Deep Neural Networks Find 301 More Planets Increasing Kepler's Total Count
Columbia, MD—November 22, 2021. Using a new deep neural network called ExoMiner, a team of scientists from Universities Space Research Association (USRA), NASA, and other institutions recently added 301 newly validated exoplanets to the total exoplanet tally. The throng of planets is the latest to join the 4,569 already validated planets orbiting a multitude of distant stars. The results are published in the Astrophysical Journal.
Deep neural networks are machine learning methods that automatically learn a task when provided with enough data. ExoMiner is a new deep neural network that leverages NASA’s Pleiades supercomputer and can distinguish real exoplanets from different types of imposters, or "false positives." Its design is inspired by various tests and properties human experts use to confirm new exoplanets. And it learns by using past confirmed exoplanets and false positive cases.
ExoMiner supplements the work of people who are pros at combing through data and deciphering what is and isn't a planet. For missions like Kepler spacecraft with thousands of stars in its field of view, each holding the possibility to host multiple potential exoplanets, it's a hugely time-consuming task to pore over massive datasets. ExoMiner solves this dilemma.
"When ExoMiner says something is a planet, you can be sure it's a planet," said Hamed Valizadegan, ExoMiner project lead and machine learning manager with the Universities Space Research Association at Ames. He is also the lead author of the paper published in the Astrophysical Journal. “ExoMiner is highly accurate and in some ways more reliable than both existing machine classifiers and the human experts it’s meant to emulate because of the biases that come with human labeling."
Jon Jenkins, exoplanet scientist at NASA Ames noted, "These 301 discoveries help us better understand planets and solar systems beyond our own, and what makes ours so unique."
Confirmed and Validated Exoplanets
What is the difference between a confirmed and validated exoplanet? A planet is "confirmed," when different observation techniques reveal features that can only be explained by a planet. A planet is "validated" using statistics – meaning how likely or unlikely it is to be a planet based on the data.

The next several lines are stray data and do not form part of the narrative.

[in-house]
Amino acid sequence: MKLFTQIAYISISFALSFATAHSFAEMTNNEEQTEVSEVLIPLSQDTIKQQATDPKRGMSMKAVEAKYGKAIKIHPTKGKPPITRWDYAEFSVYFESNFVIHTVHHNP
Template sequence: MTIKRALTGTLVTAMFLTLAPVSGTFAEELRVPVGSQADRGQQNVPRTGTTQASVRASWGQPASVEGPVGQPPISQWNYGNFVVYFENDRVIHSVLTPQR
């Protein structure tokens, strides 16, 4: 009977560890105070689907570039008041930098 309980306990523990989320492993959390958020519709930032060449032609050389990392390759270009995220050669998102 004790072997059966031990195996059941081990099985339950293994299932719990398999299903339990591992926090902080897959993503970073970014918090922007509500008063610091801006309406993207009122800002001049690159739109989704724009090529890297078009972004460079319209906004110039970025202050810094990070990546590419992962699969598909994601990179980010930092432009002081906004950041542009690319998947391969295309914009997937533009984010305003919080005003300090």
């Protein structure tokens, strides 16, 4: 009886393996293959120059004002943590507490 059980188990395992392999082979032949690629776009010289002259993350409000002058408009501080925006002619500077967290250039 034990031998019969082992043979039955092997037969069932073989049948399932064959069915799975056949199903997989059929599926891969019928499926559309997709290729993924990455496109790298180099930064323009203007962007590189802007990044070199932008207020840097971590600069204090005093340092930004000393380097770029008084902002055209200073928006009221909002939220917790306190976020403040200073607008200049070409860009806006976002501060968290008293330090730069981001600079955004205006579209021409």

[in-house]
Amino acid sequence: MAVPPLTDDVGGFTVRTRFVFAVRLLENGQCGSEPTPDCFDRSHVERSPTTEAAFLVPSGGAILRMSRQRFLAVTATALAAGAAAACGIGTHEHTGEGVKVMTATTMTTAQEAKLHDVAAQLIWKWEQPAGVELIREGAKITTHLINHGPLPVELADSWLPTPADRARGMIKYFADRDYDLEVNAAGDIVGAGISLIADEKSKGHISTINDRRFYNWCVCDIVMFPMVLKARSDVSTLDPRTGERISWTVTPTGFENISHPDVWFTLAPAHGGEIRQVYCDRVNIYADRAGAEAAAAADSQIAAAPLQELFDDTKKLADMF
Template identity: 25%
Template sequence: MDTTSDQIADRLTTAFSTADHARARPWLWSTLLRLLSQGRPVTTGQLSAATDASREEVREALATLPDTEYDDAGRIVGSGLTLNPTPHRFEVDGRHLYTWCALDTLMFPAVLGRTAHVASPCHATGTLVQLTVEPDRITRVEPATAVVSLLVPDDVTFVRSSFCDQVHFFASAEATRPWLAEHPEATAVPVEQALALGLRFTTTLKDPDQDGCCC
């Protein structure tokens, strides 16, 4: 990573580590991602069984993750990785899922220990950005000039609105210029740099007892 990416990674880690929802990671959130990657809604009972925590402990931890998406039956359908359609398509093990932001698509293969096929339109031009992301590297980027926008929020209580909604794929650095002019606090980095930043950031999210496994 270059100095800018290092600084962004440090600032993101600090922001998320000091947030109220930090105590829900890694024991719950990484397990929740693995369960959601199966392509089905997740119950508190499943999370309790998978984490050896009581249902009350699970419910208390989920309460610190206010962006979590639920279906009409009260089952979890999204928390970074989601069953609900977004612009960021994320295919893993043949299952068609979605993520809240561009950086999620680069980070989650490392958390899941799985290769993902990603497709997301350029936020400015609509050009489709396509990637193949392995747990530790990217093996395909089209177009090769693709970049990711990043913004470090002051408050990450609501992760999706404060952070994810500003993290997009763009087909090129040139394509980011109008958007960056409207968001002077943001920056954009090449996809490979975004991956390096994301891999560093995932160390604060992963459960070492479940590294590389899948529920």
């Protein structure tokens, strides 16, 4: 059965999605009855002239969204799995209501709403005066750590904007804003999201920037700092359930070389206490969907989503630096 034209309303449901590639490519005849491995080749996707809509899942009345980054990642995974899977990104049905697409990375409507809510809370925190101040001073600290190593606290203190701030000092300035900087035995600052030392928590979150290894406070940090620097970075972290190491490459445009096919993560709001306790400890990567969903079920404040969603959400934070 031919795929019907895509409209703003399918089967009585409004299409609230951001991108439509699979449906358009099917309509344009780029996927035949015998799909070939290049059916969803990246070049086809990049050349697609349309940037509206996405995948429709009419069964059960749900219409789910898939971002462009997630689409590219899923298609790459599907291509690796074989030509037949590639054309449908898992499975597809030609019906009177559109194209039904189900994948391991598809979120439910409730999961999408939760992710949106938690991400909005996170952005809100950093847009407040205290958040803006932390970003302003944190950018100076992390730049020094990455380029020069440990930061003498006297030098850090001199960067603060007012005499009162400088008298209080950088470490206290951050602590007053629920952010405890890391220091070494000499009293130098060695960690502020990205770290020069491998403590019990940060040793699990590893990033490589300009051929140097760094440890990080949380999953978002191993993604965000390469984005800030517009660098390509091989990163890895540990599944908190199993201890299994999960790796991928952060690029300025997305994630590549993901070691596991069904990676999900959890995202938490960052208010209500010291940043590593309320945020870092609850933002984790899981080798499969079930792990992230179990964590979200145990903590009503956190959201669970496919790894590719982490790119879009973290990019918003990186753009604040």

The Astrophysical Journal paper explains that ExoMiner validated the 301 planets using data from the remaining set of possible planets – or candidates – in the Kepler Archive. All 301 machine-validated planets were originally detected by the Kepler Science Operations Center pipeline and promoted to planet candidate status by the Kepler Science Office. But until ExoMiner, no one was able to validate them as planets.
None of the newly confirmed planets are believed to be Earth-like or in the habitable zone of their parent stars. But they do share similar characteristics to the overall population of confirmed exoplanets in our galactic neighborhood.
USRA’s Miguel Saragoca Martinho, the main engineer behind implementing ExoMiner, said, “The modular design of ExoMiner allows us to explain why it says something is planet or false positive. That is a peace of mind for domain experts when using a black-box machine classifier such as ExoMiner.”
The research also demonstrates how ExoMiner is more precise and consistent in ruling out false positives and better able to reveal the genuine signatures of planets orbiting their parent stars – all while giving scientists the ability to see in detail what led ExoMiner to its conclusion.
As the search for more exoplanets continues – with missions using transit photometry such as NASA’s Transiting Exoplanet Survey Satellite, or TESS, and the European Space Agency's upcoming PLAnetary Transits and Oscillations of stars, or PLATO, mission – ExoMiner will have more opportunities to prove it's up to the task.
"Now that we've trained ExoMiner using Kepler data, with a little fine-tuning, we can transfer that learning to other missions, including TESS, which we're currently working on," said Valizadegan. "There's room to grow."
Additional Resources – Paper, Visuals, Captions, Credits
Full-width: Eyes on Exoplanets plug-in: https://exoplanets.nasa.gov/eyes-on-exoplanets/#/
Founded in 1969, under the auspices of the National Academy of Sciences at the request of the U.S. Government, the Universities Space Research Association (USRA), is a nonprofit corporation chartered to advance space-related science, technology and engineering. USRA operates scientific institutes and facilities, and conducts other major research and educational programs. USRA engages the university community and employs in-house scientific leadership, innovative research and development, and project management expertise. More information about USRA is available at www.usra.edu.
NASA Ames manages the Kepler and K2 missions for NASA's Science Mission Directorate. JPL managed Kepler mission development. Ball Aerospace & Technologies Corporation operates the flight system with support from the Laboratory for Atmospheric and Space Physics at the University of Colorado in Boulder.